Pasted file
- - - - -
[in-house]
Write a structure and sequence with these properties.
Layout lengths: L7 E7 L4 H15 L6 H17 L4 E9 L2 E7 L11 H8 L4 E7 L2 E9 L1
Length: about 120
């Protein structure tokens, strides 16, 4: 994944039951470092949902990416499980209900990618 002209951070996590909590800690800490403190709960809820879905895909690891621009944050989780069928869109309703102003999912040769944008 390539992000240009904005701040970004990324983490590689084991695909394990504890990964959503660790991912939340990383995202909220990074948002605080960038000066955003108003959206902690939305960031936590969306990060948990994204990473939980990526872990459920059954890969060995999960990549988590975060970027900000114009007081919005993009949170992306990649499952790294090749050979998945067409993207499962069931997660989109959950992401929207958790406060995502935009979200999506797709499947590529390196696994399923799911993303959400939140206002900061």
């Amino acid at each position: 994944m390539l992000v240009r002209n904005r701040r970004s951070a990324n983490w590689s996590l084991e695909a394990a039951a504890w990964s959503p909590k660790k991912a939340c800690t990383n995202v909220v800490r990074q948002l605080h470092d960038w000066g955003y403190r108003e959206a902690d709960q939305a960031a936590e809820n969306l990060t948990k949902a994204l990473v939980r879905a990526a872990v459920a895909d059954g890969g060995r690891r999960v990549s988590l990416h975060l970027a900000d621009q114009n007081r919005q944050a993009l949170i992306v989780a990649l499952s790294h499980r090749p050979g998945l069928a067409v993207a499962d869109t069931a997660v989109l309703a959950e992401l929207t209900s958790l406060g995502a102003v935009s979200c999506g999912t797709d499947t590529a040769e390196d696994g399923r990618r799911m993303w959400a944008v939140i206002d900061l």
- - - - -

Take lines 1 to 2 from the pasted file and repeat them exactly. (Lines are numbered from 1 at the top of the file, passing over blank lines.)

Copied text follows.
[in-house]
Write a structure and sequence with these properties.